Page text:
New species are still being discovered daily, but how often do researchers stumble upon something as large as a whale? That’s exactly what has happened, as, with the help of DNA analysis, an international team of scientists has discovered a brand new species of rare beaked whale.

The whale, which is still unnamed, is native to the Pacific Ocean, from northern Japan to Alaska’s Aleutian Islands. The discovery was recently published in the journal Marine Mammal Science.

Japanese whalers have long been familiar to the whales, but were unaware that they were a unique species. Although similar to other beaked whales, the new species is darker and smaller than other species. Japanese whalers refer to the species as “karasu”, which means “raven”, due to the black coloration of the whale’s skin. As well as being darker than other species, the new whale is also smaller, being just two-thirds the size of other beaked whales.

The research group genetically analysed 178 beaked whales and identified a total of eight individuals belonging to the new species. The specimens came from a variety of locations, including the Smithsonian Institution, the Los Angeles County Museum of Natural History and a high school in Alaska. One sample also came from a carcass that washed up on an island in the Bering Sea.

“The challenge in documenting the species was simply locating enough specimens to provide convincing evidence,” says Phillip Morin, the study’s lead author, and research molecular biologist at NOAA Fisheries’ Southwest Fisheries Science Centre in the USA. “Clearly this species is very rare, and reminds us how much we have to learn about the ocean and even some of its largest inhabitants.”

Morin was inspired to solve the mystery of the whale after another study suggested that it might be a new species. He first looked at the Southwest Fisheries Science Centre’s extensive marine mammal tissue collection, where there were two samples that appeared to be from an unidentified species. One sample was from a whale found washed up in the Aleutian Islands in 2004, and the other was from a skeleton being displayed at Unalaska High School. After finding these samples, Morin and his colleagues headed to museums, research institutions and even Japanese markets (where whale meat is sold) in search of more DNA to analyze.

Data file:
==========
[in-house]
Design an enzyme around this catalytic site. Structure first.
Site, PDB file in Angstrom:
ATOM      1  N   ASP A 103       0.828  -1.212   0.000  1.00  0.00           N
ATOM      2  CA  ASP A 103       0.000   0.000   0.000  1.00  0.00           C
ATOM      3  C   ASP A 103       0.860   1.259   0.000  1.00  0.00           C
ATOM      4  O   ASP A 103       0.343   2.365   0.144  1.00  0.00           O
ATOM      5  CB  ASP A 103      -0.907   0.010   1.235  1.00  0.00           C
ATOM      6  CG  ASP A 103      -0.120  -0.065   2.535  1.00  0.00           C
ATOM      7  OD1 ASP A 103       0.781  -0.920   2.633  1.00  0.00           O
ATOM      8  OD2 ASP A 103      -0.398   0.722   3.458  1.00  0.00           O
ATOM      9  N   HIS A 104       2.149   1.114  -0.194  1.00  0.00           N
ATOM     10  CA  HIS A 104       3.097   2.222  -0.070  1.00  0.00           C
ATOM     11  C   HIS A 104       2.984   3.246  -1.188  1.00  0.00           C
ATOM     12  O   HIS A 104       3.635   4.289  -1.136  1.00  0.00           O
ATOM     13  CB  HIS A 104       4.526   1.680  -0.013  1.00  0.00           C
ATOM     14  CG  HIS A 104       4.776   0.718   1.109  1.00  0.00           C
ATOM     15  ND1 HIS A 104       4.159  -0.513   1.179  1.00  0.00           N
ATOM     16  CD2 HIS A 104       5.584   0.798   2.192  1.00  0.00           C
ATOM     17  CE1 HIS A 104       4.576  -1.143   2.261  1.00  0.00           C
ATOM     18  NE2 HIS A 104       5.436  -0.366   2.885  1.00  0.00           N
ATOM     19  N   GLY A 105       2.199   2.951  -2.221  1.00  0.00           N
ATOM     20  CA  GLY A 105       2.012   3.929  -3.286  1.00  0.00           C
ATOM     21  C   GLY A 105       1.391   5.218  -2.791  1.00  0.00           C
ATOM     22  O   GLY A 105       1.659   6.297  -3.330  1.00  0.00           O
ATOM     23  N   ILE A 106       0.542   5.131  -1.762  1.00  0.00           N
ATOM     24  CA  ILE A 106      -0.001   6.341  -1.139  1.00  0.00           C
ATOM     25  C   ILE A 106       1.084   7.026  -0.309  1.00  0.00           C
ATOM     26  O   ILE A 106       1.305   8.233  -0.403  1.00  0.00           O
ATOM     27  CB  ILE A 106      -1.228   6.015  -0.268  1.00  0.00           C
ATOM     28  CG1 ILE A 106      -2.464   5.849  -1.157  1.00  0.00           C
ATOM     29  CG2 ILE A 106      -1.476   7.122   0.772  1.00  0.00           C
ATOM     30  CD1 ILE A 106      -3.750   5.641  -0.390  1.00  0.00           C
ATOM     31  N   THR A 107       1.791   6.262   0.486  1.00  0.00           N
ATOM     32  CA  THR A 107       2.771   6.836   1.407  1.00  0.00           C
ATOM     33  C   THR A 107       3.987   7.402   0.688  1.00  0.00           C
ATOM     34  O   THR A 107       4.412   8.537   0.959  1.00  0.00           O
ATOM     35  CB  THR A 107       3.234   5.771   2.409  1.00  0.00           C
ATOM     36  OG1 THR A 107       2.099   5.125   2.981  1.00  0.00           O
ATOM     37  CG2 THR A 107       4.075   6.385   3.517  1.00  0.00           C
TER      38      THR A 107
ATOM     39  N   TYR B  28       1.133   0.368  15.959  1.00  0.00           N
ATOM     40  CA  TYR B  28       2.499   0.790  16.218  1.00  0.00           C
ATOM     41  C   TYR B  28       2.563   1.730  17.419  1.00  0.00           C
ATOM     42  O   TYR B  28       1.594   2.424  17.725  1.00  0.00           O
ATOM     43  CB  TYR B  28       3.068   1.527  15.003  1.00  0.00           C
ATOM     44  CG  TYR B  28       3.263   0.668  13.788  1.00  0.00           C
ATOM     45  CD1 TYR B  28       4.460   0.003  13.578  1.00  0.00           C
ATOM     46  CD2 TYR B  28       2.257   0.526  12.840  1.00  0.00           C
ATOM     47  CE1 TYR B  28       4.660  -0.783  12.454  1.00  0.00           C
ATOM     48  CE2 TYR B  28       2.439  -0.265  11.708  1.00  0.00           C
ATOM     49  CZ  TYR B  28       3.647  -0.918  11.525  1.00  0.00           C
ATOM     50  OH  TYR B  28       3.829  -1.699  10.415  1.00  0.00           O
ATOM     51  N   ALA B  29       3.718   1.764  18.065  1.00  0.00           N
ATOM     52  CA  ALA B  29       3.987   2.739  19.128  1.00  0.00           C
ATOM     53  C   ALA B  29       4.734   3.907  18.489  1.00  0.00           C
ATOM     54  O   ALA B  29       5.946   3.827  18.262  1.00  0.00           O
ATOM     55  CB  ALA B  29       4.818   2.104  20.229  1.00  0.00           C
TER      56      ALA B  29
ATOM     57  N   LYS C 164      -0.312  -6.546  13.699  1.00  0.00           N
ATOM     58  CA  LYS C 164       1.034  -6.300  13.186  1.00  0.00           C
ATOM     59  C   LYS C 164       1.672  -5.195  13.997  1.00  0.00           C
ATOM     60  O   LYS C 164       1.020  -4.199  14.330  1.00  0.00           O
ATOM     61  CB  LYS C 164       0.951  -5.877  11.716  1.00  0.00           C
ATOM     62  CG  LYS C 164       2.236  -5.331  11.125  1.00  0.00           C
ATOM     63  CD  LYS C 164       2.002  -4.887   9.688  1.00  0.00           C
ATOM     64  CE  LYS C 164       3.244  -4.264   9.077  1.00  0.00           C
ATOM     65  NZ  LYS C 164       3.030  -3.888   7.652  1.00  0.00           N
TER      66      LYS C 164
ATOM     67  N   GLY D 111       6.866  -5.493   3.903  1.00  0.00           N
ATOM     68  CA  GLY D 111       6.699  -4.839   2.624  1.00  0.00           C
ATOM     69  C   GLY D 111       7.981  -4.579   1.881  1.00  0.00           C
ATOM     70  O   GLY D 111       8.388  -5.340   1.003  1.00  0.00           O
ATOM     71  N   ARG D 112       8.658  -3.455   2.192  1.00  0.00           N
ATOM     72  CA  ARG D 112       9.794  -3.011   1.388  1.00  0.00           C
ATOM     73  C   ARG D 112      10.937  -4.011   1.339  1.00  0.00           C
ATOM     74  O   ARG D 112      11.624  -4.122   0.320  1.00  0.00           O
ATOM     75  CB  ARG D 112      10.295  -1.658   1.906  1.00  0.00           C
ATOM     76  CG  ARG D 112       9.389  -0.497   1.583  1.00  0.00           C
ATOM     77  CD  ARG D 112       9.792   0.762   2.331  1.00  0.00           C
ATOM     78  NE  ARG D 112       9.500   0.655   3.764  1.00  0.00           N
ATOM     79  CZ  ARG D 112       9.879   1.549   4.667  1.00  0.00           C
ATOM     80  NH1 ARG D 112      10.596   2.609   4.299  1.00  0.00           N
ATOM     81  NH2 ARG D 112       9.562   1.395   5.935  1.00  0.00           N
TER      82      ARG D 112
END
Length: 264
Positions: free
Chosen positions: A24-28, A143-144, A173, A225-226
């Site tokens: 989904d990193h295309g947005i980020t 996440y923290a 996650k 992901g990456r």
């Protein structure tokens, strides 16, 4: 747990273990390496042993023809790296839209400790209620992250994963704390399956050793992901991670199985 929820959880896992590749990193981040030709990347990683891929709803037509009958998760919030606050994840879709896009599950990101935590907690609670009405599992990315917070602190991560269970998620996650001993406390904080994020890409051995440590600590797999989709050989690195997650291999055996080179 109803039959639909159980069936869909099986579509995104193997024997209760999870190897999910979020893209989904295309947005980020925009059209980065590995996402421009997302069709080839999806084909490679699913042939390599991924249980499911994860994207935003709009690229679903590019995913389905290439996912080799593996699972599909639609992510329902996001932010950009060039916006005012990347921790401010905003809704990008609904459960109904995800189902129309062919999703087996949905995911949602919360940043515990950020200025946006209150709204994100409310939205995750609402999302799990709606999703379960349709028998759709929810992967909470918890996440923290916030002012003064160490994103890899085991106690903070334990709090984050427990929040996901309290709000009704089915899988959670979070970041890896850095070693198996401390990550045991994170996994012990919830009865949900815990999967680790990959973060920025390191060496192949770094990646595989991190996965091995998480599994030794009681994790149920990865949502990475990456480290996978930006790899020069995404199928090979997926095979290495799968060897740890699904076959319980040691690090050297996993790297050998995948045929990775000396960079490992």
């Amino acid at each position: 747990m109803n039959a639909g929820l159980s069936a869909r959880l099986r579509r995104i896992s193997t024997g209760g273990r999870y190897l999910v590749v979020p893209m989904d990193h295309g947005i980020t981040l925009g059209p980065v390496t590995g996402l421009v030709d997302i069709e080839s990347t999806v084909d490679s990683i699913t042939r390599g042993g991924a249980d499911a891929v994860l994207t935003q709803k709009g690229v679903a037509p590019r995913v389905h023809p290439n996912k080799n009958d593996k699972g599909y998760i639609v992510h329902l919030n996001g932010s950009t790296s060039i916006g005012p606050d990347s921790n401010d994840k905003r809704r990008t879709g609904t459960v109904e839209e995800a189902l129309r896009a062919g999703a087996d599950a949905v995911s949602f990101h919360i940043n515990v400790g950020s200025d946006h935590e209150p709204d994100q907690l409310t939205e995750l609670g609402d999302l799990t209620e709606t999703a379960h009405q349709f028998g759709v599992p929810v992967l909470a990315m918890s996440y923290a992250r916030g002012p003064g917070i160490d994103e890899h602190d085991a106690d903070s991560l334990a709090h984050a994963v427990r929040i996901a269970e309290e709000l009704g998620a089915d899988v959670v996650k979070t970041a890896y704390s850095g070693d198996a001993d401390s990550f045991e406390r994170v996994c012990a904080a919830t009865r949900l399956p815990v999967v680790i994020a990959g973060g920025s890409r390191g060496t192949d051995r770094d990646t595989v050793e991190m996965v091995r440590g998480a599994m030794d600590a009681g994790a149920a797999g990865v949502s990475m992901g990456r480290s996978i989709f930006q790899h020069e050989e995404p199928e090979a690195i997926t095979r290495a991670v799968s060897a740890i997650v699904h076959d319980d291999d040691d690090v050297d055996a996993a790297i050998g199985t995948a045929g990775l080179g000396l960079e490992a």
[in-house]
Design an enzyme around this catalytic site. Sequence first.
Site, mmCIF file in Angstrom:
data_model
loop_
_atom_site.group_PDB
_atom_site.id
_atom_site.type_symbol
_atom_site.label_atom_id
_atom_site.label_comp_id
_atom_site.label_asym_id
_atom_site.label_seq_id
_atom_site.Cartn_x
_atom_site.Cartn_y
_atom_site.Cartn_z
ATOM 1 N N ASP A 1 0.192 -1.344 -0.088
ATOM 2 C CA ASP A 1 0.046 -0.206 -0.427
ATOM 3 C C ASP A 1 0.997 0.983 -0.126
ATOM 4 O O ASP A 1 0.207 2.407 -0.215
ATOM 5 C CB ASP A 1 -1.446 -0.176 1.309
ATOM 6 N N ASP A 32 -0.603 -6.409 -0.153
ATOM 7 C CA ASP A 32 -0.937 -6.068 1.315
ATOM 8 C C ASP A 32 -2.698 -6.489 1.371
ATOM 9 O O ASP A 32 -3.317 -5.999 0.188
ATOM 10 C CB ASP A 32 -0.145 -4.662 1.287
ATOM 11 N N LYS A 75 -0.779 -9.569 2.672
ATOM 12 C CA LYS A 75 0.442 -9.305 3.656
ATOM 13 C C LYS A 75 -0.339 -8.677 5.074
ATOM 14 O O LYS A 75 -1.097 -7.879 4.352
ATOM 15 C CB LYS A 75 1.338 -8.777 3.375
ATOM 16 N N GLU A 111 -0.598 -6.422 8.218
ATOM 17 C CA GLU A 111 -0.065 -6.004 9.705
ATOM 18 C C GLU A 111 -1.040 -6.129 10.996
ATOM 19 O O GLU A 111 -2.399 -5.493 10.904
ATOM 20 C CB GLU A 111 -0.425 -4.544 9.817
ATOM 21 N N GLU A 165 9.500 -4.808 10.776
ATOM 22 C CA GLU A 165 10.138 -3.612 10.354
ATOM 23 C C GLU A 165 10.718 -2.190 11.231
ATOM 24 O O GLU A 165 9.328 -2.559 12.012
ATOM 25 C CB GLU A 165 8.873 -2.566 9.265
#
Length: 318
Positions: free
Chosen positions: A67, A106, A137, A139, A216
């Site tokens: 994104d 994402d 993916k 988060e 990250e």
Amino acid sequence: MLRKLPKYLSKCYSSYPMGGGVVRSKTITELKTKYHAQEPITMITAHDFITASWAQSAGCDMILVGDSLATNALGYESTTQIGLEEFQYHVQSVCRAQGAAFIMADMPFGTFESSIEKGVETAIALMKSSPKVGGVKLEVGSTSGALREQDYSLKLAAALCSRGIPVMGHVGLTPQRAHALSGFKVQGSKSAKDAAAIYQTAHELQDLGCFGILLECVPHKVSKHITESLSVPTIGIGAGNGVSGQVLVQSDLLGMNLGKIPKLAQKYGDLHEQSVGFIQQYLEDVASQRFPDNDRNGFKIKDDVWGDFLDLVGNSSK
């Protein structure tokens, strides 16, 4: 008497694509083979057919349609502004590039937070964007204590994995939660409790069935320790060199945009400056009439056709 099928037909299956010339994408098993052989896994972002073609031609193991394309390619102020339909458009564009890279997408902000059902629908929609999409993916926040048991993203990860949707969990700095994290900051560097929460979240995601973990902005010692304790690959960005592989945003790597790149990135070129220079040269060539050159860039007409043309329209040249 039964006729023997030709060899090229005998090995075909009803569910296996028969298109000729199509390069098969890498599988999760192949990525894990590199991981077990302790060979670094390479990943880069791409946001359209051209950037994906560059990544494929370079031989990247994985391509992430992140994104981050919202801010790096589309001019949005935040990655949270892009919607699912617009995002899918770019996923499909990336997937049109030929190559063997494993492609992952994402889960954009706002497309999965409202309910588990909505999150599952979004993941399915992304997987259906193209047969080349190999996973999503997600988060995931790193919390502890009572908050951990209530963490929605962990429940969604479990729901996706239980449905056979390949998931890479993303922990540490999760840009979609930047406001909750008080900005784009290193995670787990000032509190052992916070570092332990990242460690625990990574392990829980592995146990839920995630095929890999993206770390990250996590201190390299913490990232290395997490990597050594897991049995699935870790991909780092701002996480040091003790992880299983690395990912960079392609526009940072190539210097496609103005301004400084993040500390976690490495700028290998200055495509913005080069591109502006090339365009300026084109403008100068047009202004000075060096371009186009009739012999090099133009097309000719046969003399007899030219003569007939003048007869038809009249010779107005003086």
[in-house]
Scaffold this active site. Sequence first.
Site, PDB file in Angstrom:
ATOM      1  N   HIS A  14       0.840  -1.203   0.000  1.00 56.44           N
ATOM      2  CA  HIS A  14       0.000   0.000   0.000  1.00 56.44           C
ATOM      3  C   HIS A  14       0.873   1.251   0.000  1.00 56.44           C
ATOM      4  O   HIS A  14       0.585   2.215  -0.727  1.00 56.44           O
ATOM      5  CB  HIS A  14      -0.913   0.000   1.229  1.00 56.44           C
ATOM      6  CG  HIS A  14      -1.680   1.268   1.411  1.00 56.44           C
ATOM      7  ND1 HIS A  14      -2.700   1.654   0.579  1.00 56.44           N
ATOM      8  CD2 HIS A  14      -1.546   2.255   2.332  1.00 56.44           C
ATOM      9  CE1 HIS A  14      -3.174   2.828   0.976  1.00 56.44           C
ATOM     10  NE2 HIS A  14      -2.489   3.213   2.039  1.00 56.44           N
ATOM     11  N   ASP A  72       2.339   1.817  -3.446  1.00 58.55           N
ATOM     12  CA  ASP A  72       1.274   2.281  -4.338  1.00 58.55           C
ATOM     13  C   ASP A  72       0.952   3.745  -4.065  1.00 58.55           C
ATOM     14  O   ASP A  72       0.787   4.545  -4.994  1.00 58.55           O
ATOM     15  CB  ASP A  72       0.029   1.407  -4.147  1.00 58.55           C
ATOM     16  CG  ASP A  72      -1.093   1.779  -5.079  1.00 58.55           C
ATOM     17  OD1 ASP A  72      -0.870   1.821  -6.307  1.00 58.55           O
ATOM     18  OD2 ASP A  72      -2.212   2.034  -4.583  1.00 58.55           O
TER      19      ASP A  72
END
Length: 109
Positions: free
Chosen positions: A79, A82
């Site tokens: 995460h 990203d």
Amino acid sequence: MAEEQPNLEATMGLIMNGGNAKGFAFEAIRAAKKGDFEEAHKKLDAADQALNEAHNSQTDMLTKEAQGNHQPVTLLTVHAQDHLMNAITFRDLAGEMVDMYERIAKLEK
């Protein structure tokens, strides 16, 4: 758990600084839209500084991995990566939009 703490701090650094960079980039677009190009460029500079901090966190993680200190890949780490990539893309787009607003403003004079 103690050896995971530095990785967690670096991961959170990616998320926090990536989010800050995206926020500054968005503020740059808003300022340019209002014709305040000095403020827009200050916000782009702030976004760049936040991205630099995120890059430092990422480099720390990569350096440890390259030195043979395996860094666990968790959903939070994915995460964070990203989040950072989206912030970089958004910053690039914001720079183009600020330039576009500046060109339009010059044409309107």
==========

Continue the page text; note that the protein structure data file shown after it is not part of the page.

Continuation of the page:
In 2014, a mysterious beaked whale was found dead on St. George Island in the Bering Sea. As it was not from a known species, samples were sent to Morin, who genetically determined that it belonged to the new species.

“We knew it was not any whale we knew from our area,” said Michelle Ridgway, the Oceanus Alaska marine ecologists who documented the whale, and co-author of the new research.

The new species is very similar to two other species of beaked whale – the Baird’s beaked whale (Berardius bairdii) and the Arnoux’ beaked whale (Berardius arnuxii). The recent research found that the smaller whale is different enough in both genetics and size to be considered a new species. However, until a formal review of these differences is carried out, the new species can not yet be named.

Beaked whales form one of the least understood whale groups in our oceans. They are small, with dolphin-like beaks, and are notoriously elusive, diving thousands of feet to hunt deep-sea fishes and squid.

The new species appears to have a smaller range than other similar beaked whales, being found around northern Japan, the Aleutian Islands and the Bering Sea. In contrast, Baird’s beaked whales are found throughout the North Pacific, from Japan to Baja California in Mexico. However, it is possible that the new species travels further afield, as specimens show signs of bites from tropical species of shark.

“The implication of a new species of beaked whale is that we need to reconsider management of both species to be sure they’re sufficiently protected, considering how rare the new one appears to be,” says co-author Erich Hoyt, a research fellow at the UK’s Whale and Dolphin Conservation and co-director of the Russian Cetacean Habitat Project. “Discovering a new species of whale in 2016 is exciting but it also reveals how little we know and how much more work we have to do to truly understand these species.”

 

reference

Phillip A. Morin, C. Scott Baker, Reid S. Brewer, Alexander M. Burdin, Merel L. Dalebout, James P. Dines, Ivan Fedutin, Olga Filatova, Erich Hoyt, Jean-Luc Jung, Morgane Lauf, Charles W. Potter, Gaetan Richard, Michelle Ridgway, Kelly M. Robertson, Paul R. Wade. Genetic structure of the beaked whale genus Berardiusin the North Pacific, with genetic evidence for a new species. Marine Mammal Science, 2016; DOI: 10.1111/mms.12345

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